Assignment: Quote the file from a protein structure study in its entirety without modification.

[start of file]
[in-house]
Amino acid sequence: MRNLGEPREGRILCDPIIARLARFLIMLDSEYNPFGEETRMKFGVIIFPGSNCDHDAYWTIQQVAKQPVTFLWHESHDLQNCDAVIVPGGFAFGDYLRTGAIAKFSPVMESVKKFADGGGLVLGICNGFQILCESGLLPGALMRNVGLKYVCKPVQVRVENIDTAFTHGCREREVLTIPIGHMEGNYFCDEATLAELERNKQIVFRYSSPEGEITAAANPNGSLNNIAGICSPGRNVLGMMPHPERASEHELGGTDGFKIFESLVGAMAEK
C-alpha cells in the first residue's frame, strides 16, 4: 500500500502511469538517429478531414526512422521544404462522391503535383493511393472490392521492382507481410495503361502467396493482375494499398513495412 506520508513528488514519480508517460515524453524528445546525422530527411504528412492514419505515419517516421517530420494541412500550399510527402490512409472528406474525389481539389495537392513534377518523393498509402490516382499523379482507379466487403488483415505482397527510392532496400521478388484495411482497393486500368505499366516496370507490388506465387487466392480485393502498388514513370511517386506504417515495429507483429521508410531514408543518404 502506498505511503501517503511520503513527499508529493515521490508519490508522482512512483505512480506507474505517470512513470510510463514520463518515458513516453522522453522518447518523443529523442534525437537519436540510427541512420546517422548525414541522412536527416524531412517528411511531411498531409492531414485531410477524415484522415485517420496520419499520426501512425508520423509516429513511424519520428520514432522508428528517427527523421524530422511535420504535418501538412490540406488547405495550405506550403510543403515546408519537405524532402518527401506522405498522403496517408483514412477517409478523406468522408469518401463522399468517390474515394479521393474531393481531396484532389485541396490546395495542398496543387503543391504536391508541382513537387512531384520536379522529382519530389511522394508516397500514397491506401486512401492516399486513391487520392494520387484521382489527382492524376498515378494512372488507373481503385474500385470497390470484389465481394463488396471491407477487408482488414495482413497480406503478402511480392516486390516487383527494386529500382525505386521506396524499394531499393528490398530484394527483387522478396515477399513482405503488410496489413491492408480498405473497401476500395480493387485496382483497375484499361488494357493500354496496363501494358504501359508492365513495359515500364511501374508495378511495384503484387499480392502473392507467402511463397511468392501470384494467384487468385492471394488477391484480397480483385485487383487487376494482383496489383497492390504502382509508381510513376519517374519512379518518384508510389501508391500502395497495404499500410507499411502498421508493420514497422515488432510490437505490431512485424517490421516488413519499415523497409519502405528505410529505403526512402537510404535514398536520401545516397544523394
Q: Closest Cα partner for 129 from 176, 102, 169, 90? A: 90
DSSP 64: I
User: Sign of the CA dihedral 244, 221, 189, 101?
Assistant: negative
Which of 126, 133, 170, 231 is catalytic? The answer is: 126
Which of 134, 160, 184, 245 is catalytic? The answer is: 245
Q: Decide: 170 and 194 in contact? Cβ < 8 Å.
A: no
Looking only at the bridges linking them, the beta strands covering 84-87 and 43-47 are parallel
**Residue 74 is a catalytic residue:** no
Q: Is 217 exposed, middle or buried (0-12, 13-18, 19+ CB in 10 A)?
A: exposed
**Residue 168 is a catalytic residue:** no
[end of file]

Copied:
[in-house]
Amino acid sequence: MRNLGEPREGRILCDPIIARLARFLIMLDSEYNPFGEETRMKFGVIIFPGSNCDHDAYWTIQQVAKQPVTFLWHESHDLQNCDAVIVPGGFAFGDYLRTGAIAKFSPVMESVKKFADGGGLVLGICNGFQILCESGLLPGALMRNVGLKYVCKPVQVRVENIDTAFTHGCREREVLTIPIGHMEGNYFCDEATLAELERNKQIVFRYSSPEGEITAAANPNGSLNNIAGICSPGRNVLGMMPHPERASEHELGGTDGFKIFESLVGAMAEK
C-alpha cells in the first residue's frame, strides 16, 4: 500500500502511469538517429478531414526512422521544404462522391503535383493511393472490392521492382507481410495503361502467396493482375494499398513495412 506520508513528488514519480508517460515524453524528445546525422530527411504528412492514419505515419517516421517530420494541412500550399510527402490512409472528406474525389481539389495537392513534377518523393498509402490516382499523379482507379466487403488483415505482397527510392532496400521478388484495411482497393486500368505499366516496370507490388506465387487466392480485393502498388514513370511517386506504417515495429507483429521508410531514408543518404 502506498505511503501517503511520503513527499508529493515521490508519490508522482512512483505512480506507474505517470512513470510510463514520463518515458513516453522522453522518447518523443529523442534525437537519436540510427541512420546517422548525414541522412536527416524531412517528411511531411498531409492531414485531410477524415484522415485517420496520419499520426501512425508520423509516429513511424519520428520514432522508428528517427527523421524530422511535420504535418501538412490540406488547405495550405506550403510543403515546408519537405524532402518527401506522405498522403496517408483514412477517409478523406468522408469518401463522399468517390474515394479521393474531393481531396484532389485541396490546395495542398496543387503543391504536391508541382513537387512531384520536379522529382519530389511522394508516397500514397491506401486512401492516399486513391487520392494520387484521382489527382492524376498515378494512372488507373481503385474500385470497390470484389465481394463488396471491407477487408482488414495482413497480406503478402511480392516486390516487383527494386529500382525505386521506396524499394531499393528490398530484394527483387522478396515477399513482405503488410496489413491492408480498405473497401476500395480493387485496382483497375484499361488494357493500354496496363501494358504501359508492365513495359515500364511501374508495378511495384503484387499480392502473392507467402511463397511468392501470384494467384487468385492471394488477391484480397480483385485487383487487376494482383496489383497492390504502382509508381510513376519517374519512379518518384508510389501508391500502395497495404499500410507499411502498421508493420514497422515488432510490437505490431512485424517490421516488413519499415523497409519502405528505410529505403526512402537510404535514398536520401545516397544523394
Q: Closest Cα partner for 129 from 176, 102, 169, 90? A: 90
DSSP 64: I
User: Sign of the CA dihedral 244, 221, 189, 101?
Assistant: negative
Which of 126, 133, 170, 231 is catalytic? The answer is: 126
Which of 134, 160, 184, 245 is catalytic? The answer is: 245
Q: Decide: 170 and 194 in contact? Cβ < 8 Å.
A: no
Looking only at the bridges linking them, the beta strands covering 84-87 and 43-47 are parallel
**Residue 74 is a catalytic residue:** no
Q: Is 217 exposed, middle or buried (0-12, 13-18, 19+ CB in 10 A)?
A: exposed
**Residue 168 is a catalytic residue:** no